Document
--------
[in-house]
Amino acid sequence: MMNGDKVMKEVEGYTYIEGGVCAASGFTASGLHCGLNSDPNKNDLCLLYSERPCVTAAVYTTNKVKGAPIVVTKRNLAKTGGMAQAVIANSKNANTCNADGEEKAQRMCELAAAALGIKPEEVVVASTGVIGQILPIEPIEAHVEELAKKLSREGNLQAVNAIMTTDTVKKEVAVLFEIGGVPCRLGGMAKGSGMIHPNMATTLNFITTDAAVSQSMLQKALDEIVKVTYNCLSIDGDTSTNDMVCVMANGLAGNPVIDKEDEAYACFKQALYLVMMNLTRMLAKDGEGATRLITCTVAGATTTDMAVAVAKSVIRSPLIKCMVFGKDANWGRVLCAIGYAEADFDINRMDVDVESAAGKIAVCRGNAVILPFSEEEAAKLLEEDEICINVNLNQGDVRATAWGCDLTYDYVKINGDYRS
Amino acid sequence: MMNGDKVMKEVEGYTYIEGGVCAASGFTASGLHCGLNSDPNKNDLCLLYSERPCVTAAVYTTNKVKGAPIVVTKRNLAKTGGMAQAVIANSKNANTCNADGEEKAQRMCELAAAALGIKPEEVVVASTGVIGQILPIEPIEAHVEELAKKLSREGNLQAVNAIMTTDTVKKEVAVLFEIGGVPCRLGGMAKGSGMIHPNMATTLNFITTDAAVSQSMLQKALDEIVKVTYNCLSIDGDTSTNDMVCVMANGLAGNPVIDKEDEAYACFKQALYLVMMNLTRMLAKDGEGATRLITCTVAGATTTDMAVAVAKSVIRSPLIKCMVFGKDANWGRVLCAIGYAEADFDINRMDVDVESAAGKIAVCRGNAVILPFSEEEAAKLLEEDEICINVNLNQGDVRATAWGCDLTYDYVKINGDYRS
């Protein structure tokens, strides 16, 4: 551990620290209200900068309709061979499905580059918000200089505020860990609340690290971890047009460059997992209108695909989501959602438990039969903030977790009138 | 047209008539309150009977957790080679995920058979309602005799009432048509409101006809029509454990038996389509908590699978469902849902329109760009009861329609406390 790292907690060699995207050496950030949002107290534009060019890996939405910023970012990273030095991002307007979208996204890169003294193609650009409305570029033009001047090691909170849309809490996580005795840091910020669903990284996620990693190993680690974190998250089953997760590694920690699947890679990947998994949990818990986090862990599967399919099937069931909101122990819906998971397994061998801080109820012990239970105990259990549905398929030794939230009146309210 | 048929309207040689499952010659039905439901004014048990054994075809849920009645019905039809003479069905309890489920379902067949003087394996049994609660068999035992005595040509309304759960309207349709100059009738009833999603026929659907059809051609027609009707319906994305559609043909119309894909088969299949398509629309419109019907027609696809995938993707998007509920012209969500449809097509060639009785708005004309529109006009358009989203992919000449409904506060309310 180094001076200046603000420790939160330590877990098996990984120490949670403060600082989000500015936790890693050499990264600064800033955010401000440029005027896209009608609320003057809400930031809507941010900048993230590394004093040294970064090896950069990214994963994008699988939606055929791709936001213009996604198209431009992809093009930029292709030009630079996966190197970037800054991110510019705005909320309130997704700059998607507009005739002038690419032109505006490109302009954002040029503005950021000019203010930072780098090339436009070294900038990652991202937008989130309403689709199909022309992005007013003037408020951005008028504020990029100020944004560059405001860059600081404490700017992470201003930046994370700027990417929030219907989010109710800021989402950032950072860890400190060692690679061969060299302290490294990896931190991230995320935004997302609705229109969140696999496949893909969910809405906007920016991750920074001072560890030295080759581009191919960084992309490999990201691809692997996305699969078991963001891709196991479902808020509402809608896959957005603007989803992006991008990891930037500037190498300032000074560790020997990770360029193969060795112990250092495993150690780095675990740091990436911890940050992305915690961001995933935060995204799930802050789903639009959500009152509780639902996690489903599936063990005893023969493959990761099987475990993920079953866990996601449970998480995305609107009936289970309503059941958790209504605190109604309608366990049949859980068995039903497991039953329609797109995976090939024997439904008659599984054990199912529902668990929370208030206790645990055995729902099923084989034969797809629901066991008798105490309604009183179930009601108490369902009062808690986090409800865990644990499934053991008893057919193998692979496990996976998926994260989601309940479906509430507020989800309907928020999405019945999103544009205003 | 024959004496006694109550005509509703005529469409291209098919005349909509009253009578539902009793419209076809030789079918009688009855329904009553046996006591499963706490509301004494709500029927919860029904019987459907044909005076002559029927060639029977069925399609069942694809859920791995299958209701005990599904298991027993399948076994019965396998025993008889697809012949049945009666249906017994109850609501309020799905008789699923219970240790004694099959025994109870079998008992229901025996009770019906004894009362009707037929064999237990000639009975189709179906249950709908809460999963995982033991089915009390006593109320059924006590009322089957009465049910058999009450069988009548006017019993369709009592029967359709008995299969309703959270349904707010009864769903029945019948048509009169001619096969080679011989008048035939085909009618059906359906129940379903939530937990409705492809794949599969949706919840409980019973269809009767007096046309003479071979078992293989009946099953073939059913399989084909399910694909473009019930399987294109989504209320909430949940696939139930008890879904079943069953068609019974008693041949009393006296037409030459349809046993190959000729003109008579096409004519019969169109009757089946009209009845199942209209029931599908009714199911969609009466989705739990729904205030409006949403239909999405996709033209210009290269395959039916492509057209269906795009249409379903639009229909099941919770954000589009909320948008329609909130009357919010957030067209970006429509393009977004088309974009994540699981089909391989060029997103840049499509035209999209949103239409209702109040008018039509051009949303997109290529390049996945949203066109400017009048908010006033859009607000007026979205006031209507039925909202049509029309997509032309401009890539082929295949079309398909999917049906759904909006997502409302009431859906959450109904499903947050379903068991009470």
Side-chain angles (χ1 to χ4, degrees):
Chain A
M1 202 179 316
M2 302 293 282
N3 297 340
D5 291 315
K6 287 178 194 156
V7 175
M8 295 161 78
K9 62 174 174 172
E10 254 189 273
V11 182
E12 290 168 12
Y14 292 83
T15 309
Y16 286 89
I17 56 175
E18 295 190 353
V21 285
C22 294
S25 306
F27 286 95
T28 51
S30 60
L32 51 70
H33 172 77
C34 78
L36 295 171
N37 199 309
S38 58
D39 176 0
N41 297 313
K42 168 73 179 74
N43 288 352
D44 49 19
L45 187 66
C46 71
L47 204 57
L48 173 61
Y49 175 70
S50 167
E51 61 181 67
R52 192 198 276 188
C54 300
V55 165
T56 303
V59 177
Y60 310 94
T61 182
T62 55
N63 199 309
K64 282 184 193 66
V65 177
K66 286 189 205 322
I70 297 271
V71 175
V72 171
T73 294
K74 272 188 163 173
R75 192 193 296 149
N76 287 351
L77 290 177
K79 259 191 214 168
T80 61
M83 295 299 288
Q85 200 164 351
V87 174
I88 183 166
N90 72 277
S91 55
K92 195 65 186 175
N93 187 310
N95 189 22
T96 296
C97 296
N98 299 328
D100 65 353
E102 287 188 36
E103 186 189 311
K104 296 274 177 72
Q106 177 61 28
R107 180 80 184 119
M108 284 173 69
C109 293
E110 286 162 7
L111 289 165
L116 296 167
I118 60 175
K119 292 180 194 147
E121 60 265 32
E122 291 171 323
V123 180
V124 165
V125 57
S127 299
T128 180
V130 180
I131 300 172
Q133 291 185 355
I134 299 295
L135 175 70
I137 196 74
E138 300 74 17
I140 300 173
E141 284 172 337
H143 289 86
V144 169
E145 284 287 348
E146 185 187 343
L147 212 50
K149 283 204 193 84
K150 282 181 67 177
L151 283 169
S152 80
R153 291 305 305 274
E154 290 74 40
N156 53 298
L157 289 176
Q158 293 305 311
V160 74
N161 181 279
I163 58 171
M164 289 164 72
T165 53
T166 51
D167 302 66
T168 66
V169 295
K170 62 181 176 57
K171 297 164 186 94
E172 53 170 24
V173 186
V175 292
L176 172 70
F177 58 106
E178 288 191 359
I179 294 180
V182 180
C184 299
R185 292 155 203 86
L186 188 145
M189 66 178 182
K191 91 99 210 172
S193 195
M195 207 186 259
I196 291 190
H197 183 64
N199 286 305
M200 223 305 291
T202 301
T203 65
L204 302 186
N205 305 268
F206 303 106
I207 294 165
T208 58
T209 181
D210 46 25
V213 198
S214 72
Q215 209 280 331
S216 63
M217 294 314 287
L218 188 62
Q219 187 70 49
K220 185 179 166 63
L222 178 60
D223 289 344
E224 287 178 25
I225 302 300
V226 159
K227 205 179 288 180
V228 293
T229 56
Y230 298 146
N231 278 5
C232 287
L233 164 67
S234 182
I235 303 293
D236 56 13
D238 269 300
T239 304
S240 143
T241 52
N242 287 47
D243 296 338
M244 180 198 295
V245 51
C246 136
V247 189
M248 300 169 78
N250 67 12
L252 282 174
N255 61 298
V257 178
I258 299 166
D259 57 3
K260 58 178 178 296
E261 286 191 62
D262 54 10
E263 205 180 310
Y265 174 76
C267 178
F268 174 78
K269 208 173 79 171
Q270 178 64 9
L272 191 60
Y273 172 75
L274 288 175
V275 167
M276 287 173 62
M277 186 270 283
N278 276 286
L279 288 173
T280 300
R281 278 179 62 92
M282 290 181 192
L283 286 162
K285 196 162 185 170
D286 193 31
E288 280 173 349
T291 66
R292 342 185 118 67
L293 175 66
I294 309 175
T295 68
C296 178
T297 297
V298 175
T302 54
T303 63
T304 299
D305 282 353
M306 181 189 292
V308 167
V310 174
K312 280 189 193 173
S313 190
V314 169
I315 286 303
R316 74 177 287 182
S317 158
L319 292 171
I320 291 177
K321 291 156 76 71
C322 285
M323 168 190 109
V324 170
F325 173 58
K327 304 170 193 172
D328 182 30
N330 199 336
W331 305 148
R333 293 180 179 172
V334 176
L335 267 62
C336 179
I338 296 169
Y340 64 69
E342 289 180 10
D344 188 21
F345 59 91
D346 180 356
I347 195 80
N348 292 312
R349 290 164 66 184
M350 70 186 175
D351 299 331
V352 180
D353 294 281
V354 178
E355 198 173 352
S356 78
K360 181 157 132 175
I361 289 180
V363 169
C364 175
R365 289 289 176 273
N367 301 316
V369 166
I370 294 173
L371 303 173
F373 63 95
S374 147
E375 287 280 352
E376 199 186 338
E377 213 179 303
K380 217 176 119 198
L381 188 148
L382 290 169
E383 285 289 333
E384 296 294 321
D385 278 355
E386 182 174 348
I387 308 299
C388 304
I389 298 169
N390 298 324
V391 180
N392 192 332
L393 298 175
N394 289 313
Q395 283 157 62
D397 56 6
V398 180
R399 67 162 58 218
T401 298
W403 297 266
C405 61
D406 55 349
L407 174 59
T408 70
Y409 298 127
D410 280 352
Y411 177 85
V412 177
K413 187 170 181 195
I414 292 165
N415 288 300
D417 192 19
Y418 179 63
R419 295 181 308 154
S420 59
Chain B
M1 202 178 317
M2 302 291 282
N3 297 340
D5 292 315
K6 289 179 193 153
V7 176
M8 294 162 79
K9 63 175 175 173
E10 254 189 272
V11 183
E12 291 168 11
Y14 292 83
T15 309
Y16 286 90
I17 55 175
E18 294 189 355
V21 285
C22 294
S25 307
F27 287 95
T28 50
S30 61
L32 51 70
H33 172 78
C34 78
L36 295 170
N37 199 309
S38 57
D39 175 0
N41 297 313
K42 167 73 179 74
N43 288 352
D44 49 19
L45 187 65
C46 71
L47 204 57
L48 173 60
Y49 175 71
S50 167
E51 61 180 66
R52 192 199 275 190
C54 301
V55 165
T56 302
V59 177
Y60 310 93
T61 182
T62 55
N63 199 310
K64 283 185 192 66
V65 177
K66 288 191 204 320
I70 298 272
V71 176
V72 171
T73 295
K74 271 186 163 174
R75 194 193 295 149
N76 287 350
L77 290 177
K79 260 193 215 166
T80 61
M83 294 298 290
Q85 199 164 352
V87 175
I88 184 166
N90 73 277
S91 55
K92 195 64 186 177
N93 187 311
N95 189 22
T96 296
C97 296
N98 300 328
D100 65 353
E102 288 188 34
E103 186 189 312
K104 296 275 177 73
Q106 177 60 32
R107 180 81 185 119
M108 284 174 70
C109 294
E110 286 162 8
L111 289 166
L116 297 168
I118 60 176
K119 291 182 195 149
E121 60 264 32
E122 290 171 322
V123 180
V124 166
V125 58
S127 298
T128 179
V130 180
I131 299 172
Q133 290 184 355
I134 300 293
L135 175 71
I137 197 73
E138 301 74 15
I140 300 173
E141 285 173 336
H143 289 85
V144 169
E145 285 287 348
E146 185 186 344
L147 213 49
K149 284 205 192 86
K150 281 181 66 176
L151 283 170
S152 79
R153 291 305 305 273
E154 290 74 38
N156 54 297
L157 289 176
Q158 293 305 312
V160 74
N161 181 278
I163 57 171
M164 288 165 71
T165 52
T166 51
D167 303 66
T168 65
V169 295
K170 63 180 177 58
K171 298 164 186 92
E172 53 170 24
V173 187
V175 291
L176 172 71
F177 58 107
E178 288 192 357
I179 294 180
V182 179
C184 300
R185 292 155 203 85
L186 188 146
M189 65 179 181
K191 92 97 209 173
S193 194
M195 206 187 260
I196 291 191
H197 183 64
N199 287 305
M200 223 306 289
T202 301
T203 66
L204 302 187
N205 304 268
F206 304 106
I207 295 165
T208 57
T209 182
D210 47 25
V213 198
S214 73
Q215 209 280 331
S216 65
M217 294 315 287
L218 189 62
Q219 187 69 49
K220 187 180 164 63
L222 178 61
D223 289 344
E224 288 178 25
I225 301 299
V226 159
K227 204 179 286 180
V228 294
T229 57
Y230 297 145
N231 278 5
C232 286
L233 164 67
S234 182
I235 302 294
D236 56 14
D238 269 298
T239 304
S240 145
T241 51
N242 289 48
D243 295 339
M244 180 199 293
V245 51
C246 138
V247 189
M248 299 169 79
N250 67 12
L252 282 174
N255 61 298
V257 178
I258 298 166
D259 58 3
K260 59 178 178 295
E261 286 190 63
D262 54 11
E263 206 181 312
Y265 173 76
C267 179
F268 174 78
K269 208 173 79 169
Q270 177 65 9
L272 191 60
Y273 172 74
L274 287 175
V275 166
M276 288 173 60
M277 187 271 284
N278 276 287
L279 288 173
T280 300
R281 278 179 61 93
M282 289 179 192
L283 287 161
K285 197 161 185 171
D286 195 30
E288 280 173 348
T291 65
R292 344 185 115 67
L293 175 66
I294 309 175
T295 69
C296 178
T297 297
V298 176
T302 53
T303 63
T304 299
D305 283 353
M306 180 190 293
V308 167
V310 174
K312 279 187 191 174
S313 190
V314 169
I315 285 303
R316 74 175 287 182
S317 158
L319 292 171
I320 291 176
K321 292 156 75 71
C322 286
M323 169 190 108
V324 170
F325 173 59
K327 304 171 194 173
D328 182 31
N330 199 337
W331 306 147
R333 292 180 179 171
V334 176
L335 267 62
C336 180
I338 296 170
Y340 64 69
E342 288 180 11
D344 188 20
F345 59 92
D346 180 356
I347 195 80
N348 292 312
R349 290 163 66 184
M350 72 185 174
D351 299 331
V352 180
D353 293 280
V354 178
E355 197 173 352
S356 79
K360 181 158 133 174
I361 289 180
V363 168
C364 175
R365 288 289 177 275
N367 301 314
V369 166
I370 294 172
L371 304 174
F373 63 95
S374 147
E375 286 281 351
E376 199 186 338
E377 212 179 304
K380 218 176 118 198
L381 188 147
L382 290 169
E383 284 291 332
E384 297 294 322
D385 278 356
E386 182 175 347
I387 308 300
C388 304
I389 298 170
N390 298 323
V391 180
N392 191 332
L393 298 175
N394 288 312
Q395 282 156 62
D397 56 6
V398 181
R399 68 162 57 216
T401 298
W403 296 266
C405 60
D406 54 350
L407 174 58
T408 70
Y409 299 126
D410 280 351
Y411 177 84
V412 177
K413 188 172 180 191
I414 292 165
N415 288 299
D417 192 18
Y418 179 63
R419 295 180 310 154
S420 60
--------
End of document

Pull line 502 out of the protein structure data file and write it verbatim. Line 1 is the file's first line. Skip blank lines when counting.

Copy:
Y230 297 145